Plagiarism is anytime you represent someone else’s words, ideas, themes, data, expressed ideas, or artistry as your own. In other words, you are using other people’s work without acknowledging them.
Plagiarism often occurs in written work, but can also occur in other disciplines including computer programming, art, and music. The next section will take you through different types of plagiarism and steps you can take to avoid plagiarism.
Direct plagiarism is taking someone else’s work word-for-word without the use of quotation marks and citations. Anytime you use someone else’s words, you must use both quotation marks and an in-text citation to notify the reader that those are not your words.
Self-plagiarism occurs when a student submits their previous work, in whole or part, for a new course or a course retake without the permission of the faculty member. Courses are designed to facilitate learning and demonstrate mastery, and using work completed for another course without permission of the faculty does not meet these expectations.
Summarizing and paraphrasing are common areas where plagiarism occurs.
- To summarize means to condense the most essential points of someone else’s work into your own words.
- To paraphrase means to explain a certain idea or theme in your own words, almost as if you’re explaining it to a younger student. This may involve a student combining their own ideas with that of another source. Students may change the sentence structure or paper organization, use synonyms, swap clauses, or change introductory statements to give the appearance of original work. However, despite the addition of their own thoughts, any use of another’s work or ideas is still plagiarism.
- When summarizing or paraphrasing, you should never rely on simple word substitutions or try to mimic the structure and format of the work you are utilizing. In both summarizing and paraphrasing, students should be using their own words, with the appropriate in-text citation, or using quotation marks and citation for direct quotes.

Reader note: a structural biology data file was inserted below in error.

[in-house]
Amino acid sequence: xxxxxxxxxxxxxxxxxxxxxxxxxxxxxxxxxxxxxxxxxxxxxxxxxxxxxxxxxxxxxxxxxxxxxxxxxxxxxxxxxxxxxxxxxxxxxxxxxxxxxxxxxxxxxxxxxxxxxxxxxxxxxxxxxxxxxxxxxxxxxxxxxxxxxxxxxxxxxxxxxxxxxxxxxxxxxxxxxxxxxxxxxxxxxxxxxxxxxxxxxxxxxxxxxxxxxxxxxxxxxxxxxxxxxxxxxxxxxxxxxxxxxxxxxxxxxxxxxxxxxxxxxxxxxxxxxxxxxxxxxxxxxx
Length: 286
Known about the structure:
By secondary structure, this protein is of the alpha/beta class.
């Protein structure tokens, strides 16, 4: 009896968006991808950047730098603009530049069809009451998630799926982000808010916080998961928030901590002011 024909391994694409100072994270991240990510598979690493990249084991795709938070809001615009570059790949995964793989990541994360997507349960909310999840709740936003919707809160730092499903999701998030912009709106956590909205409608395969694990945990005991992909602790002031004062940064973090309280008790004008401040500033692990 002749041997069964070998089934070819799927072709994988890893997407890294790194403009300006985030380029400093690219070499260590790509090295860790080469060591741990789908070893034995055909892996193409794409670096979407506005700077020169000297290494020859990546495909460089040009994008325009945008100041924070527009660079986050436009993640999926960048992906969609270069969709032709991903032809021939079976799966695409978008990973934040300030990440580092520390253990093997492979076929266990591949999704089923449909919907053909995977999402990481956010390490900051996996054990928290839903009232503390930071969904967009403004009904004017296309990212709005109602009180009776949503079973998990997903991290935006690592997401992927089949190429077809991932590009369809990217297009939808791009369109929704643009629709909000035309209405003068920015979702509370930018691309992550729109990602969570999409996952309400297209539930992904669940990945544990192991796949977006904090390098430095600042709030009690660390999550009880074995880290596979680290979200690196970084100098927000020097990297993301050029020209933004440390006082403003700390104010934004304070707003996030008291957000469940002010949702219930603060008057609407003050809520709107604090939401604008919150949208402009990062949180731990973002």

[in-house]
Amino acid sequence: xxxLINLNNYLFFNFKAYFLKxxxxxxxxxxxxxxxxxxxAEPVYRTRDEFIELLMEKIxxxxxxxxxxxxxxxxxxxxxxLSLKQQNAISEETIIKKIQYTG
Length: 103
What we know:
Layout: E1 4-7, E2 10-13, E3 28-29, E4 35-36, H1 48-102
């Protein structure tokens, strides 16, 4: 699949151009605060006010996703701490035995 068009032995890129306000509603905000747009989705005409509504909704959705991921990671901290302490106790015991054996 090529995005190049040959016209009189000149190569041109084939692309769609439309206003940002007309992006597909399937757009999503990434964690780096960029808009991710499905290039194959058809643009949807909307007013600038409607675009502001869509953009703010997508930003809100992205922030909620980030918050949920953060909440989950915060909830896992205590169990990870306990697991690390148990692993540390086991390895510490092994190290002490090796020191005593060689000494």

- If you are not certain how to cite for direct quotes or summarizing or paraphrasing, or where you are not sure how to cite certain content (journal articles, books, online sources, media, etc.) there are resources to rely on. The Academic Success Center has staff that can assist and consult. And there are a number of online resources, including the Purdue Owl, that contain useful information about citation.
Two of the most important components to avoiding plagiarism are the proper use of quotation marks and appropriate citations. There are three main citation styles – APA, MLA, and Chicago style; your instructor will likely share what style they expect you to use for their course.
While each citation style may be formatted somewhat differently, the same principal applies: anytime you use someone else’s words, themes, or ideas, you must give credit to that person with the use of an in-text citation. It is important to remember that including a bibliography or reference page alone is not enough. You must use in text citations and quotation marks to avoid plagiarism.
Knowledge Check 1: Plagiarism
In addition to plagiarism, there are a number of other ways that students might complete their work dishonestly. As we go through the next several examples, you are encouraged to think back to the definition of academic integrity and reflect on how these types of misconduct are not in line with that definition.
Academic integrity means being honest in your academic work, being fair to others, and taking responsibility for your learning. This is demonstrated by doing your own work, based on your understanding of the course content, without the use of unauthorized assistance from start to finish for all of your academic work.
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